Fair Haven Next to Try Recreational Pot Ban

April 16, 2018
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Although the Fair Haven Borough Council is looking to ban all recreational marijuana businesses, Mayor Benjamin Lucarelli said the borough will not be looking to prohibit medicinal marijuana businesses in town. Photo by Jay Cook

By Jay Cook |

FAIR HAVEN – Go ahead and add Fair Haven to the list of Two River-area towns taking a stand against the legalization of recreational cannabis inside their borders.

At its first of two April meetings on Monday evening, the Borough Council unanimously voted to introduce an ordinance which would prohibit “businesses selling recreational marijuana, its derivatives, accessories and/or the paraphernalia that facilitate the use of such” inside the 2- square-mile town.

There’s one caveat though: There will be no prohibition on any business related to medicinal marijuana.

The motion still makes Fair Haven, a small riverside borough with a population around 6,000, the fifth of 13 Two River-area towns to take some sort of local legislative action prohibiting or denouncing recreational marijuana.

For Fair Haven Mayor Benjamin Lucarelli, the decision to seek out a ban on recreational cannabis dispensaries is more about maintaining the aura and atmosphere of Fair Haven than anything else.

“It’s a reaction that a lot of towns have. It’s the unknown,” Lucarelli said after the ordinance introduction on Monday. “We have a borough where we put family-friendly (ideals) first and foremost and we thought that that type of shop would be inappropriate for our borough.”

Fair Haven will have a public hearing and final vote of the ordinance on May 29 after it’s been reviewed by the planning and zoning boards.

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Lucarelli did point out that Fair Haven would “leave it open” for medicinal marijuana businesses to come to town. He noted it’s not the borough’s prerogative to encumber residential access to medical marijuana if Fair Haven homeowners do indeed need it.

“In the opinion of our council, there’s medicinal benefits to it,” he continued. “That’s why it should no longer be a Class-1 substance, it should be a Class-4 substance. But that’s not our problem.”

The borough’s ordinance is technically an amendment to its land use development regulations, which lists each of the prohibited uses in Fair Haven. If approved, a recreational marijuana business would become the 24th prohibited use in the borough, joining peep show businesses, adult book stores, slaughterhouses, open air drive-in movie theaters and the using of boats or vehicles as dwellings, all illegal uses of land in Fair Haven.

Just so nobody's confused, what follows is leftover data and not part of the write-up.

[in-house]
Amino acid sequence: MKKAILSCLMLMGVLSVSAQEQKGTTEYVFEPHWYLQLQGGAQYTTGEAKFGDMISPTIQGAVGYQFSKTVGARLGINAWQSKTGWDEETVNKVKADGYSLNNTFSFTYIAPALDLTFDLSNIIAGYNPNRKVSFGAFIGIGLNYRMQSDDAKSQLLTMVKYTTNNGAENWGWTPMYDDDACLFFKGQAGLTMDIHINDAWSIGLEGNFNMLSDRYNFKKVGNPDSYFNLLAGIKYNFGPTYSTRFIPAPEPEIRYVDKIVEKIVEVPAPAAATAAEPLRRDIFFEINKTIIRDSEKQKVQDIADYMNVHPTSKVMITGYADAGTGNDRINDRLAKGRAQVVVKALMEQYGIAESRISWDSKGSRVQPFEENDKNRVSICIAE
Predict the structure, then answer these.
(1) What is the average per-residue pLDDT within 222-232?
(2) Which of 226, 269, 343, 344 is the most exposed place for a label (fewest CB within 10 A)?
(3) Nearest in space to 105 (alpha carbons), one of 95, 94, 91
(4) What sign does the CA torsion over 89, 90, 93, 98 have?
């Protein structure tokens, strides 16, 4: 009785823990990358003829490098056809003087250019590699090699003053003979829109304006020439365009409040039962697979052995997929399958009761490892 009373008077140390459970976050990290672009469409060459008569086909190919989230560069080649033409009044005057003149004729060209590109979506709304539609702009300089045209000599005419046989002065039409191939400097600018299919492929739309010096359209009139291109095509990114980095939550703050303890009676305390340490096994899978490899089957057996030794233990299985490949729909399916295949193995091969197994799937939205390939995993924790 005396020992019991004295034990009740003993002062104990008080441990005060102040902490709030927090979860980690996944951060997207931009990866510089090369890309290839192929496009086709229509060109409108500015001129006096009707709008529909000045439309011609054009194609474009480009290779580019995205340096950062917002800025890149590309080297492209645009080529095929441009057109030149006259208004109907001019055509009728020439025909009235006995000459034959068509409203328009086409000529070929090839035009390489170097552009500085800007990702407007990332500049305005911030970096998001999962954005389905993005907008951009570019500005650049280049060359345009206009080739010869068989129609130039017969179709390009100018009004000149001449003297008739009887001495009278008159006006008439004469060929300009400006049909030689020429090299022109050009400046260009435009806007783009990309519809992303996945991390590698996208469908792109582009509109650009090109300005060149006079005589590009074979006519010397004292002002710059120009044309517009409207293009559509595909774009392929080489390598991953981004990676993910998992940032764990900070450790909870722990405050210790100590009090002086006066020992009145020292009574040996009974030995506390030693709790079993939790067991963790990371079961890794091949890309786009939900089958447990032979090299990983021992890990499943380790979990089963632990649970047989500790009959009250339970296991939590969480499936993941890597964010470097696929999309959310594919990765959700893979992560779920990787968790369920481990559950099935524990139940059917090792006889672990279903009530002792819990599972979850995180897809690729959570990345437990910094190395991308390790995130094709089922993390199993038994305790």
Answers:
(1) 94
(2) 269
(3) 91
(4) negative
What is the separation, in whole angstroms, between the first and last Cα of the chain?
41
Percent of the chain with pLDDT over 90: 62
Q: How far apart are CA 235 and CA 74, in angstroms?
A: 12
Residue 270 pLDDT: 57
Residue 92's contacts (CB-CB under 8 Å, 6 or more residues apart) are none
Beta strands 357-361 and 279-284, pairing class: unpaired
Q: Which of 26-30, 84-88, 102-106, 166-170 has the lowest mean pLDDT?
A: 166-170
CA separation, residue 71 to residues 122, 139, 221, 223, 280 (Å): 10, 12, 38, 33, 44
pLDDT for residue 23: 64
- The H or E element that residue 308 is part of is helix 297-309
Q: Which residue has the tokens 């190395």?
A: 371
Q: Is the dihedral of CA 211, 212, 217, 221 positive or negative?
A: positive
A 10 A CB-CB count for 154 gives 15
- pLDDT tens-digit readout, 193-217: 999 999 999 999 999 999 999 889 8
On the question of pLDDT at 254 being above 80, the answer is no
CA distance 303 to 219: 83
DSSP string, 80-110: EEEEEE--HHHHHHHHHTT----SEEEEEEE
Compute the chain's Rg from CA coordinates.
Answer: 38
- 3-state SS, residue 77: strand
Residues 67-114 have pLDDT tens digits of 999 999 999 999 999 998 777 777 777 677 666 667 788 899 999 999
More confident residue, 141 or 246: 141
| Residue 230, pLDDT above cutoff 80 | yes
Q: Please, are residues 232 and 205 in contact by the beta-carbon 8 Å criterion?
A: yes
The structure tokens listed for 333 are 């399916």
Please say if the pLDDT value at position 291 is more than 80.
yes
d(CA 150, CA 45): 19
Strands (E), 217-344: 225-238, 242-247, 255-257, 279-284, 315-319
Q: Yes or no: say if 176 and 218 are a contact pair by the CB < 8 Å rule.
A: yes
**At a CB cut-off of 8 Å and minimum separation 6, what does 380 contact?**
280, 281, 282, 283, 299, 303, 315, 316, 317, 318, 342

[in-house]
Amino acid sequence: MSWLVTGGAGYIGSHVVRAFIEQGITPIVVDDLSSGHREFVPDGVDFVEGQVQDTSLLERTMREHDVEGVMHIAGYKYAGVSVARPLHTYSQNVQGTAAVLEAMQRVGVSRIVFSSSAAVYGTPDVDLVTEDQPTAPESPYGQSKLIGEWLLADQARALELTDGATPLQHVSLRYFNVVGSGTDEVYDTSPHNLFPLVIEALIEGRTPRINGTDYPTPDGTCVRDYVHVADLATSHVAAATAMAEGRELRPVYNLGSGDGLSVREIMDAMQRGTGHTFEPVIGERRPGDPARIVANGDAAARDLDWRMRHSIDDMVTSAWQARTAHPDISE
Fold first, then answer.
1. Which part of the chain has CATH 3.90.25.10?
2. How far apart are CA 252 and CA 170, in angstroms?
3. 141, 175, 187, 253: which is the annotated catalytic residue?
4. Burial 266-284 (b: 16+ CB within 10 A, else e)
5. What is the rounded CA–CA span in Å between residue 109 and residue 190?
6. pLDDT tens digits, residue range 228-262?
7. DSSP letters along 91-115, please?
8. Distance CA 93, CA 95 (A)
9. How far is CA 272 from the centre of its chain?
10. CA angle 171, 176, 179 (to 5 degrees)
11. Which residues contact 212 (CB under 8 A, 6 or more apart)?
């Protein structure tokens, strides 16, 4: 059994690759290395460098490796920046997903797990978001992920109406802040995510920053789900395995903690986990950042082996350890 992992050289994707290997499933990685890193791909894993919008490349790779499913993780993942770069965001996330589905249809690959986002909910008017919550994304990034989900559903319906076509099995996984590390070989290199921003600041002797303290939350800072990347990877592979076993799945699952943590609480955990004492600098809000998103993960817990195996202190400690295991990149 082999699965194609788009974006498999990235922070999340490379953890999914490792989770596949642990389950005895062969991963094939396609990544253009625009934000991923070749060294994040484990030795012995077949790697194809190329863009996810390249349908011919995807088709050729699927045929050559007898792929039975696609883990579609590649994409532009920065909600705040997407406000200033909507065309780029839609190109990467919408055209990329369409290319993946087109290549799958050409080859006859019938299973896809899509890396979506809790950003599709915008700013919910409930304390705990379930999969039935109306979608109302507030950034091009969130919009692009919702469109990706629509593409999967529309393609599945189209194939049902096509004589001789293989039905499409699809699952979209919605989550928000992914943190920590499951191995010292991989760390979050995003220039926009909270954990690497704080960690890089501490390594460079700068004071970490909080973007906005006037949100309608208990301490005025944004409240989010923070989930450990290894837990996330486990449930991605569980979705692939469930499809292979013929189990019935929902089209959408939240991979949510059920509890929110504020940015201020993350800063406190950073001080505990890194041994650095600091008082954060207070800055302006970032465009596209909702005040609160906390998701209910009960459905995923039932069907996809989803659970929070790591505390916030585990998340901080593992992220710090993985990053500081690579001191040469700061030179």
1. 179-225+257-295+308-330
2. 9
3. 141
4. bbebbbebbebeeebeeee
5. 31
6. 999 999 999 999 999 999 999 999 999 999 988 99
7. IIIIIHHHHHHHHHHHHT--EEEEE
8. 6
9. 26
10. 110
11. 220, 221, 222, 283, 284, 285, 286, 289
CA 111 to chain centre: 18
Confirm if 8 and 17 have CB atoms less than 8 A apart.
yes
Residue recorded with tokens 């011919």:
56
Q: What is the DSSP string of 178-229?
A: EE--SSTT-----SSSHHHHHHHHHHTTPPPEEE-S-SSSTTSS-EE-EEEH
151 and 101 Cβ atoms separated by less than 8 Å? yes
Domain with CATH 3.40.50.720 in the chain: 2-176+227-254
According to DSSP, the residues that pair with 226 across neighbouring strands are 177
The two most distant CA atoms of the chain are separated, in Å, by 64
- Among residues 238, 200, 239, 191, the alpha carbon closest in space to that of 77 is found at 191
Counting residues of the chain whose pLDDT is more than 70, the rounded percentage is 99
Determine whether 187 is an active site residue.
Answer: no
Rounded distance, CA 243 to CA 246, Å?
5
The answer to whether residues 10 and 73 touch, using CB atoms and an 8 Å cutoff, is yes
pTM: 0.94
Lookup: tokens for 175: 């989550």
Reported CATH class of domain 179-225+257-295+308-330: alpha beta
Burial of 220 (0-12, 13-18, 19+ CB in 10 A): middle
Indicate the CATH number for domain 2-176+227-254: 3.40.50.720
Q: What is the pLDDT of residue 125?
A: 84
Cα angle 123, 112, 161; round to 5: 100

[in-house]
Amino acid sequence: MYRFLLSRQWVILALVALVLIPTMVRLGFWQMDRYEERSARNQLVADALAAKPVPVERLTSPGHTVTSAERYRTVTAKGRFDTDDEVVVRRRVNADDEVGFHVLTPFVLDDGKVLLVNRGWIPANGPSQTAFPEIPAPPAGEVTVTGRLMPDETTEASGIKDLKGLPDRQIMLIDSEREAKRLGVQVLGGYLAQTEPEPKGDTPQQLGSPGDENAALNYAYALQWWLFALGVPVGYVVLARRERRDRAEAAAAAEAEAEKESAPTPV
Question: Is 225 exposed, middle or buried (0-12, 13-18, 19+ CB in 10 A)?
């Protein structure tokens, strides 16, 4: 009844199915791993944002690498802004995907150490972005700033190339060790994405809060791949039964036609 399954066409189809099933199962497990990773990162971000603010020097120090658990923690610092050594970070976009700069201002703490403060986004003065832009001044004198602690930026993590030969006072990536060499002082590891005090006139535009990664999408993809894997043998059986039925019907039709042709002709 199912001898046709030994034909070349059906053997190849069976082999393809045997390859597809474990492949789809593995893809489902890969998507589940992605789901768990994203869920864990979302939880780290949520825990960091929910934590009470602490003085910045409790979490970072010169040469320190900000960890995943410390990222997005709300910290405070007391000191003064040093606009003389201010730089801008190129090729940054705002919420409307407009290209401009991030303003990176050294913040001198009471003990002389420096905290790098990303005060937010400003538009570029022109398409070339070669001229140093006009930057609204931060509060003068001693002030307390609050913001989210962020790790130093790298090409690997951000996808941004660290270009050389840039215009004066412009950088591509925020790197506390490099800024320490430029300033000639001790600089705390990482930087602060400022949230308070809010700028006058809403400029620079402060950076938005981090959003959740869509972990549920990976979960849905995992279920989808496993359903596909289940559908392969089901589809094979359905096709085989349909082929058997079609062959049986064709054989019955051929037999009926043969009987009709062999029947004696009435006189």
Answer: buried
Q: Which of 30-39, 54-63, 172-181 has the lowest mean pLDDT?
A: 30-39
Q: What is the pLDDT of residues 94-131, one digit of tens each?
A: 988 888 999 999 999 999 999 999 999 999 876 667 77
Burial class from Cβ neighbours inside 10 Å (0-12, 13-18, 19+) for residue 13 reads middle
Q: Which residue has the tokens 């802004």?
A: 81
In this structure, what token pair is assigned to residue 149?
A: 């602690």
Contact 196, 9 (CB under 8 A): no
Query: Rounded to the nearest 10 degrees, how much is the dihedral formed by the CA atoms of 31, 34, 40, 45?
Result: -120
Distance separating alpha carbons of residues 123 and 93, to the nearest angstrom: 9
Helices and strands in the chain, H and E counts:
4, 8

Prospective business owners looking to open a recreational cannabis business in Fair Haven after May 29 would need to demonstrate a higher burden of proof and achieve a supermajority from the borough zoning board to open doors in town.

“It might certainly be appropriate for Red Bank or Asbury Park, communities that want to adopt that,” said Lucarelli, “but not for ours.”

Asbury Park officials have said they would be open to recreational cannabis dispensaries in town, but the Red Bank Borough Council has yet to take an official stance.

Later in the evening, Fair Haven officials also approved a resolution opposing the legalization of recreational marijuana in New Jersey. The formality is almost identical in nature to the resolution approved by the Monmouth County Board of Chosen Freeholders on Jan. 25. At the time, Monmouth County was the first county in New Jersey to formally oppose legalization.

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The resolution states a number of concerns the Borough Council has about legalized cannabis, namely higher rates of traffic fatalities noted in Colorado since legalization was approved, rising levels of potency since the 1980s and the belief that marijuana usage is associated with addiction, respiratory illness and cognitive impairment.

The four other towns to take local action on the prohibition of the legalized marijuana industry are Middletown, Rumson, Oceanport and Shrewsbury. Middletown only introduced an ordinance that would prohibit businesses that sell, grow and produce recreational marijuana while also looking to create standards for a medicinal facility. There is no timetable as to when it would vote on the ordinance.

Rumson and Oceanport both pushed for local laws to ban any medicinal and recreational marijuana businesses in their respective towns. Rumson had passed that law, while Oceanport will hold a public hearing on April 19.

Shrewsbury was the first town to go on the record in opposition to a dispensary. The borough council approved legislation in December prohibiting any medicinal cannabis uses.

Other Two River-area towns like Atlantic Highlands, Colts Neck, Highlands, Holmdel, Little Silver, Monmouth Beach, Red Bank and Sea Bright haven’t yet introduced laws about their support or opposition to recreational or medicinal marijuana.


This article was first published in the April 12-19, 2018 print edition of The Two River Times.

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